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Aerodynamic Roughness Length Estimation with Lidar and Imaging Spectroscopy in a Shrub-Dominated Dryland

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The aerodynamic roughness length (Z0 m) serves an important role in the flux exchange between the land surface and atmosphere. In this study, airborne lidar (ALS), terrestrial lidar (TLS), and imaging spectroscopy data were integrated to develop and test two approaches to estimate Z0 m over a shrub dominated dryland study area in south-central Idaho, USA. Sensitivity of the two parameterization methods to estimate Z0 m was analyzed. The comparison of eddy covariance-derived Z0 m and remote sensing-derived Z0 m showed that the accuracy of the estimated Z0 m heavily depends on the estimation model and the representation of shrub (e.g., Artemisia tridentata subsp. wyomingensis) height in the models. The geometrical method (RA1994) led to 9 percent (~0.5 cm) and 25% (~1.1 cm) errors at site 1 and site 2, respectively, which performed better than the height variability-based method (MR1994) with bias error of 20 percent and 48 percent at site 1 and site 2, respectively. The RA1994 model resulted in a larger range of Z0 m than the MR1994 method. We also found that the mean, median and 75th percentiles of heights (H75) from ALS provides the best Z0 m estimates in the MR1994 model, while the mean, median, and MLD (Median Absolute Deviation from Median Height), as well as AAD (Mean Absolute Deviation from Mean Height) heights from ALS provides the best Z0 m estimates in the RA1994 model. In addition, the fractional cover of shrub and grass, distinguished with ALS and imaging spectroscopy data, provided the opportunity to estimate the frontal area index at the pixel-level to assess the influence of grass and shrub on Z0 m estimates in the RA1994 method. Results indicate that grass had little effect on Z0 m in the RA1994 method. The Z0 m estimations were tightly coupled with vegetation height and its local variance for the shrubs. Overall, the results demonstrate that the use of height and fractional cover from remote sensing data are promising for estimating Z0 m, and thus refining land surface models at regional scales in semiarid shrublands.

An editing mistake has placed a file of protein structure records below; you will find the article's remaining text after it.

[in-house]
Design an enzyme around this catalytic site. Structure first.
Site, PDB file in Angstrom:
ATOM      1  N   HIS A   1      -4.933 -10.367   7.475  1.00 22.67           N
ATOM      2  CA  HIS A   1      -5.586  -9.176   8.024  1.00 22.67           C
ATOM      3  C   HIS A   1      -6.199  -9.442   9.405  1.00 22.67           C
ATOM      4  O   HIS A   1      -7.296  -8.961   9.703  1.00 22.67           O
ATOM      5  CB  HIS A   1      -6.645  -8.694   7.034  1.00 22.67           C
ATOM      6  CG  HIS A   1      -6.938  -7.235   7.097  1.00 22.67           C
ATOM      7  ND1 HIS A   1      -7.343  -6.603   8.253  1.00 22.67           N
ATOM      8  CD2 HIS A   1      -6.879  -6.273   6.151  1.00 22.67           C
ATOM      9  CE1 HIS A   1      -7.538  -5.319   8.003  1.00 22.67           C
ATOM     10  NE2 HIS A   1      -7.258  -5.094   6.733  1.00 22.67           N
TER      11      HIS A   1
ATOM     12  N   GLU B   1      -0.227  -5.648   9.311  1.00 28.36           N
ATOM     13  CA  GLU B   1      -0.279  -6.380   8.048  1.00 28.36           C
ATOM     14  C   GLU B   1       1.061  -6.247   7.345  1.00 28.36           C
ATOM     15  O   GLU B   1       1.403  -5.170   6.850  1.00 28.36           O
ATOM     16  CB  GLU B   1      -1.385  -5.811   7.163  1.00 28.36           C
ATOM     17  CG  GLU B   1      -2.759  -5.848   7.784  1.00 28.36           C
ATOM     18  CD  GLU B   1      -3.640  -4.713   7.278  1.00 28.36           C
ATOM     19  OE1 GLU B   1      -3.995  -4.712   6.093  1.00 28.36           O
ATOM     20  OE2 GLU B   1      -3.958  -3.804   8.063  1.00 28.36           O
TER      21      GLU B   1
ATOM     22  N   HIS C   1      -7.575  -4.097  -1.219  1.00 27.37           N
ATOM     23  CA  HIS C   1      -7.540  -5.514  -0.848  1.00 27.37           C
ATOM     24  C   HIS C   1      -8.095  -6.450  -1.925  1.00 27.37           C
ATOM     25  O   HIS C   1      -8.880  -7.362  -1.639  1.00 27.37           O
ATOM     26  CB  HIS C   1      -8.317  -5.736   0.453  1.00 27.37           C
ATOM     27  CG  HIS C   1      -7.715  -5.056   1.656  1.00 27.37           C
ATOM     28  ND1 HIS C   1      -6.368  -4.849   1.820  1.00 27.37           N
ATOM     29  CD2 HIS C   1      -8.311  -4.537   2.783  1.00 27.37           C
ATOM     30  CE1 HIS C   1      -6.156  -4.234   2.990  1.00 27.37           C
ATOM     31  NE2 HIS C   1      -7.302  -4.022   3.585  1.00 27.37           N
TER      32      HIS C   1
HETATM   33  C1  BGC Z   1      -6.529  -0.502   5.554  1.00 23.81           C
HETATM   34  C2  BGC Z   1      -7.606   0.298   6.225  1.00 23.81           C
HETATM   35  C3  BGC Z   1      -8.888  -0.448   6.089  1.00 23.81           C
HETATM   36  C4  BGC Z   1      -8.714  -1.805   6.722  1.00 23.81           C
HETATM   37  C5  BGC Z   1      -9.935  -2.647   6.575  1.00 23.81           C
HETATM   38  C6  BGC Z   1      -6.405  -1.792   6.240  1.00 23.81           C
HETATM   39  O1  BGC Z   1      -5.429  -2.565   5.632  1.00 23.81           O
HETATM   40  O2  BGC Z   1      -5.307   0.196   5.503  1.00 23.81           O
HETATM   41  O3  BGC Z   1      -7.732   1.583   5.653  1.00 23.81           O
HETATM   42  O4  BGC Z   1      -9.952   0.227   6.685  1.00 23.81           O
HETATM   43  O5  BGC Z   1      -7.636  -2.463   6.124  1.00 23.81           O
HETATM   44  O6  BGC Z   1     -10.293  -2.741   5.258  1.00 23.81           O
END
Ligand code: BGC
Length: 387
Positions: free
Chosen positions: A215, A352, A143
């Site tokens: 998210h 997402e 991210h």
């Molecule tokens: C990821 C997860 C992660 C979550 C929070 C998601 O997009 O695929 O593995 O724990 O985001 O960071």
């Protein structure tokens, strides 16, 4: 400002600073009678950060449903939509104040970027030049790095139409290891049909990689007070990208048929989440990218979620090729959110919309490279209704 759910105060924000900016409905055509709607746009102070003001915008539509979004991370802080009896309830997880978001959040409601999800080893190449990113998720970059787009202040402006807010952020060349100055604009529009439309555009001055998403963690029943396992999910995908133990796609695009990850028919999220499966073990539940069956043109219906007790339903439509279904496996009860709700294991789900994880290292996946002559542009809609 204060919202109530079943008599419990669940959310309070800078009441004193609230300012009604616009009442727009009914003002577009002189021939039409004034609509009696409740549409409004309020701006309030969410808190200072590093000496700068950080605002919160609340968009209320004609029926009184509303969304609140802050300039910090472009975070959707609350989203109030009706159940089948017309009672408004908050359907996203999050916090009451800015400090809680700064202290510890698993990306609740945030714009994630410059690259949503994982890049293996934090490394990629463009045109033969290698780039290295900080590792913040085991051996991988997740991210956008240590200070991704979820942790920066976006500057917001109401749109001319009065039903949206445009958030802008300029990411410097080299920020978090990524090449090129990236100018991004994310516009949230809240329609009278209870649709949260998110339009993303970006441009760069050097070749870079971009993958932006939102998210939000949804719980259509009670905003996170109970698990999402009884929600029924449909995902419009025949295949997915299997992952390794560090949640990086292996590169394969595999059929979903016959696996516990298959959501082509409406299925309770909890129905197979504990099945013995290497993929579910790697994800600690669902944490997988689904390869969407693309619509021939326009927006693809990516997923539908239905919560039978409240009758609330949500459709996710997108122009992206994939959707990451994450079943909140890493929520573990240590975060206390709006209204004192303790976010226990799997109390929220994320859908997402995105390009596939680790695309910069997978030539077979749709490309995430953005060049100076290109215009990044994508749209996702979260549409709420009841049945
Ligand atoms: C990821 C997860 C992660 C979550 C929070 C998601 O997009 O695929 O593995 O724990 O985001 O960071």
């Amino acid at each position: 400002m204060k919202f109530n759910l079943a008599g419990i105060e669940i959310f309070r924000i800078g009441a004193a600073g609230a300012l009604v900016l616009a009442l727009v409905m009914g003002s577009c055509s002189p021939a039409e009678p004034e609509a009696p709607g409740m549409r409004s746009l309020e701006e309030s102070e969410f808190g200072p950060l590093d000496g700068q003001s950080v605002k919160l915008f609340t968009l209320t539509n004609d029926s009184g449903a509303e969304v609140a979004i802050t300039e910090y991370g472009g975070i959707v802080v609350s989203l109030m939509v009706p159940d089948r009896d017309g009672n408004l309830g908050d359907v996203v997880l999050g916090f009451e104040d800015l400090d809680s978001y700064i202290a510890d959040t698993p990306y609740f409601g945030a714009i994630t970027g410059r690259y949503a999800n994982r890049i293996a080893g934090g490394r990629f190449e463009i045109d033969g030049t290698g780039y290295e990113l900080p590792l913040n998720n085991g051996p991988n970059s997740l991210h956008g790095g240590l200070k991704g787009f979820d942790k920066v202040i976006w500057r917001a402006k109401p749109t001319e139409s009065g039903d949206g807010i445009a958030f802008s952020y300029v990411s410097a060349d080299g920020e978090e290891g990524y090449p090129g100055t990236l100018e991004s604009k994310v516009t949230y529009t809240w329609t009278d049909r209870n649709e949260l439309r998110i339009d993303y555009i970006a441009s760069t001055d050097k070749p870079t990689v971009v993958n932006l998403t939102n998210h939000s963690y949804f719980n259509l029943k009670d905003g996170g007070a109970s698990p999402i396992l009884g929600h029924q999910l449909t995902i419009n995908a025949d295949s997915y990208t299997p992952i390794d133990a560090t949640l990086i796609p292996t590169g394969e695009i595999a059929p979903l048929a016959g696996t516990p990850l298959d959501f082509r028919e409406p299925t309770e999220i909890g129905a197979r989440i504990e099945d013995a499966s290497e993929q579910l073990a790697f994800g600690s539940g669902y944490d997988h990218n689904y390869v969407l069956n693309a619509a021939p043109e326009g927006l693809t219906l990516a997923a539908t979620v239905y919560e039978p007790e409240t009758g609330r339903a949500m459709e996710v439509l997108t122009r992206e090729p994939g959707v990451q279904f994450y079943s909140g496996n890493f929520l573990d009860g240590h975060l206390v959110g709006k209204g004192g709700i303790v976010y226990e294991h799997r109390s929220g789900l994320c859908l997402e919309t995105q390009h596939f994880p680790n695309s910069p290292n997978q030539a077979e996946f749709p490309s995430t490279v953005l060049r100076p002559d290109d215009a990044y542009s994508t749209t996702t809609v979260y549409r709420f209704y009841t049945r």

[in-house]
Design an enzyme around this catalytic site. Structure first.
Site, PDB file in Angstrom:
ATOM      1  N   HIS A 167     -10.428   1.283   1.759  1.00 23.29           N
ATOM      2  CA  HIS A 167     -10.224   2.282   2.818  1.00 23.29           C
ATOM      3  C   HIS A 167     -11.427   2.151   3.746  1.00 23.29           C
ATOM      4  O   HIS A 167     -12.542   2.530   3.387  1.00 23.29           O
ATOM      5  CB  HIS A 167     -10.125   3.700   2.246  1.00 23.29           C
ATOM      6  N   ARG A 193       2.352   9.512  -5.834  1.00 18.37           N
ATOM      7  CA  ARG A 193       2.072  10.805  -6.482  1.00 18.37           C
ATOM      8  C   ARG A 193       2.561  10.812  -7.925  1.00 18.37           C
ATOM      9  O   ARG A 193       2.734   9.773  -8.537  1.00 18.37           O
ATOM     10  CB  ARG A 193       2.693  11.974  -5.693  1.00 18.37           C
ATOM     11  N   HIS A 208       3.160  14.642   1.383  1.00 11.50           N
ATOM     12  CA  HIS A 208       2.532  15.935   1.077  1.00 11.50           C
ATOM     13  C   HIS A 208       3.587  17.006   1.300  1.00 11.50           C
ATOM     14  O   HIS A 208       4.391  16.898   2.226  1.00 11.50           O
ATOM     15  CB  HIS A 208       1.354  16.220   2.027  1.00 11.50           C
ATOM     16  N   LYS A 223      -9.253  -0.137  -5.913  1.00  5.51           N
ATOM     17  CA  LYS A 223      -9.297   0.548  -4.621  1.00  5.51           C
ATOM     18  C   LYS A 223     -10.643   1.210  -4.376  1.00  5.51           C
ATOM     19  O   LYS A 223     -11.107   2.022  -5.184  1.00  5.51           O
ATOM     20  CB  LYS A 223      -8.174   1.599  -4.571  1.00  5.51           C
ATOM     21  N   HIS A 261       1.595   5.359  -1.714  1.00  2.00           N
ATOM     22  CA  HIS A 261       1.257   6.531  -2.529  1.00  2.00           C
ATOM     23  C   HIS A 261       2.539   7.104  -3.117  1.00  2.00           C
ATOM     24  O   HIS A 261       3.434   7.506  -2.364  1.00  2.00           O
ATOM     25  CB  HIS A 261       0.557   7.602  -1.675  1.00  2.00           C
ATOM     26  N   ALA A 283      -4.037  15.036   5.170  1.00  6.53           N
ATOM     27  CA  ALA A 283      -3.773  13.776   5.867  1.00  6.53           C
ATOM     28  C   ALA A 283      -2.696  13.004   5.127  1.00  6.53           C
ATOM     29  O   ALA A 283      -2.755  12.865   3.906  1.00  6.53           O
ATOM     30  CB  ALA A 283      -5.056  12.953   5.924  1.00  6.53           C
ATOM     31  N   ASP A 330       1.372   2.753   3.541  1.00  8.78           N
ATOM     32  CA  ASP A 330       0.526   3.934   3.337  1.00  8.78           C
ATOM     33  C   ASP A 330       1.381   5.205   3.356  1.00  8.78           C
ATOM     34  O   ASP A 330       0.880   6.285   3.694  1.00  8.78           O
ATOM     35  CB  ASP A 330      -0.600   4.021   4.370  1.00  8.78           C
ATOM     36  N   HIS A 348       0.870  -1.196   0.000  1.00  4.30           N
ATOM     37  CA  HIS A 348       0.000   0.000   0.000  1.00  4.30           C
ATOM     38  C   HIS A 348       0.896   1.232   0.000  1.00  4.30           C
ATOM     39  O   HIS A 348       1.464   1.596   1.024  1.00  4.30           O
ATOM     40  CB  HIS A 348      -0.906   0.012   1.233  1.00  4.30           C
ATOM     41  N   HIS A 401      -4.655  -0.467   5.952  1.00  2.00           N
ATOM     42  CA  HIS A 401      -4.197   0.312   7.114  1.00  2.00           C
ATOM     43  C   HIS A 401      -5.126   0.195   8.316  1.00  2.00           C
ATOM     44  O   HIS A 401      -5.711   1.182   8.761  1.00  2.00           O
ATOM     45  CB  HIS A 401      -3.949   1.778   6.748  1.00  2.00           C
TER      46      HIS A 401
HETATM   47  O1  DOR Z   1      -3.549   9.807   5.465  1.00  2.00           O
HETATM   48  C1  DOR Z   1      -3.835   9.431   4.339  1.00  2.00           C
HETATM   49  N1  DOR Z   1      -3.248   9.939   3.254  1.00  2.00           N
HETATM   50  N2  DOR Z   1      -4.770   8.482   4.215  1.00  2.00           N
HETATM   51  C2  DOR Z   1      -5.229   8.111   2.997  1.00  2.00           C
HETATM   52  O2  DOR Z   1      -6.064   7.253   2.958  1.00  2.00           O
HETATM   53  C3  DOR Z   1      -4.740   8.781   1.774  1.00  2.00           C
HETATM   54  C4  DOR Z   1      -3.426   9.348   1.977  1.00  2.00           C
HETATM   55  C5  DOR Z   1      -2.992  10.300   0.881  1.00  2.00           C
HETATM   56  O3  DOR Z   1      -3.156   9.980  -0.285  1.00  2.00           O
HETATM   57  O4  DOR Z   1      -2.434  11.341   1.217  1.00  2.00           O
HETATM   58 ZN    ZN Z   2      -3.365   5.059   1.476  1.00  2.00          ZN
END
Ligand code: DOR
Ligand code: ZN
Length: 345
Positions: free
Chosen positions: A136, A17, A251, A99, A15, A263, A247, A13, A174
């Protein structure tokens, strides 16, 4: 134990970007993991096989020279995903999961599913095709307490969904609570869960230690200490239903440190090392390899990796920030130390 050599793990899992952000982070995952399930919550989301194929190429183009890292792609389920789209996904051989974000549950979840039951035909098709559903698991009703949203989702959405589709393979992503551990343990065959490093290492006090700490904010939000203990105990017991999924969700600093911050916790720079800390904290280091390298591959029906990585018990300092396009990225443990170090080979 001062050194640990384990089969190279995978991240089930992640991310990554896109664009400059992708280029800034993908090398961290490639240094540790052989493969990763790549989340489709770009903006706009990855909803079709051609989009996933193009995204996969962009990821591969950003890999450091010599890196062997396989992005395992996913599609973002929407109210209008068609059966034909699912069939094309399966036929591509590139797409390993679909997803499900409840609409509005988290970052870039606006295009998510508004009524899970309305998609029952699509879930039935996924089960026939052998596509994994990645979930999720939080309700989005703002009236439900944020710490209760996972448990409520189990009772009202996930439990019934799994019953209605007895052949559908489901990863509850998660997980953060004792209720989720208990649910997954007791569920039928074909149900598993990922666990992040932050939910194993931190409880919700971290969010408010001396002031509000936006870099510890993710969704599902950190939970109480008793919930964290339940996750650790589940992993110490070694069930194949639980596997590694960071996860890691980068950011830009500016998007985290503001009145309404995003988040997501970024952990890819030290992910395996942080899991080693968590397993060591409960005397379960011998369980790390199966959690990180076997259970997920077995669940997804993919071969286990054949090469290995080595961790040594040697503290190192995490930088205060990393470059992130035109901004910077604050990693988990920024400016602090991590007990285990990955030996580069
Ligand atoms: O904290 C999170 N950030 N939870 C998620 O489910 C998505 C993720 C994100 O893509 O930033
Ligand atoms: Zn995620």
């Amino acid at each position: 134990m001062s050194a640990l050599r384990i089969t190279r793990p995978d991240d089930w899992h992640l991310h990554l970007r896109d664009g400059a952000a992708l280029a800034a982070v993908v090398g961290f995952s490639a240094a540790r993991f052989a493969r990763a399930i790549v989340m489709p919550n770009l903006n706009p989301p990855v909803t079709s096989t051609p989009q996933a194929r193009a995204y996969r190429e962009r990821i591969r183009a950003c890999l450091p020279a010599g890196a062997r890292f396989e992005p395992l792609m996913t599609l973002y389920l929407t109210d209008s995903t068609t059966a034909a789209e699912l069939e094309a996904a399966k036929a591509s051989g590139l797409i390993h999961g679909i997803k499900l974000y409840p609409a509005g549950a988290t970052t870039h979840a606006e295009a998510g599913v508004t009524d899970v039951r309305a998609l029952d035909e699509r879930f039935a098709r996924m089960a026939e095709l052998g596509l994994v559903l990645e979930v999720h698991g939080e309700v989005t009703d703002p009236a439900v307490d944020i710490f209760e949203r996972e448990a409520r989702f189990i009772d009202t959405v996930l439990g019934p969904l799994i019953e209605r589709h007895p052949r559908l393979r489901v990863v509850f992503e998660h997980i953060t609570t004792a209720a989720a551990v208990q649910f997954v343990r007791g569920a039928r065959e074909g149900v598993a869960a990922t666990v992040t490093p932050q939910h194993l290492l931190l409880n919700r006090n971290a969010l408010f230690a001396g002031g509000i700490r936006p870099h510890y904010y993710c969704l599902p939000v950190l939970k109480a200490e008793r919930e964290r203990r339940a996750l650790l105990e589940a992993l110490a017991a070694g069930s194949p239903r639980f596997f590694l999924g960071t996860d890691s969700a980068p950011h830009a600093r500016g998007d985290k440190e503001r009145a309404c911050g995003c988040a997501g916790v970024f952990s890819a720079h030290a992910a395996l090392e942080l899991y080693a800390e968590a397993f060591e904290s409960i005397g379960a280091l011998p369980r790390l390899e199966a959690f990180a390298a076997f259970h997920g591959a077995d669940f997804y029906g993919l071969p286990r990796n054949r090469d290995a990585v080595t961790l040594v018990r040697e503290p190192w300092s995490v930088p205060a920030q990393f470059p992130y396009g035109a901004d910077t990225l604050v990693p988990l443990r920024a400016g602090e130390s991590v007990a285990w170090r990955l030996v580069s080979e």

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Document Type: Research Article

Publication date: 01 June 2017

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  • The official journal of the American Society for Photogrammetry and Remote Sensing - the Imaging and Geospatial Information Society (ASPRS). This highly respected publication covers all facets of photogrammetry and remote sensing methods and technologies.

    Founded in 1934, the American Society for Photogrammetry and Remote Sensing (ASPRS) is a scientific association serving over 7,000 professional members around the world. Our mission is to advance knowledge and improve understanding of mapping sciences to promote the responsible applications of photogrammetry, remote sensing, geographic information systems (GIS), and supporting technologies.
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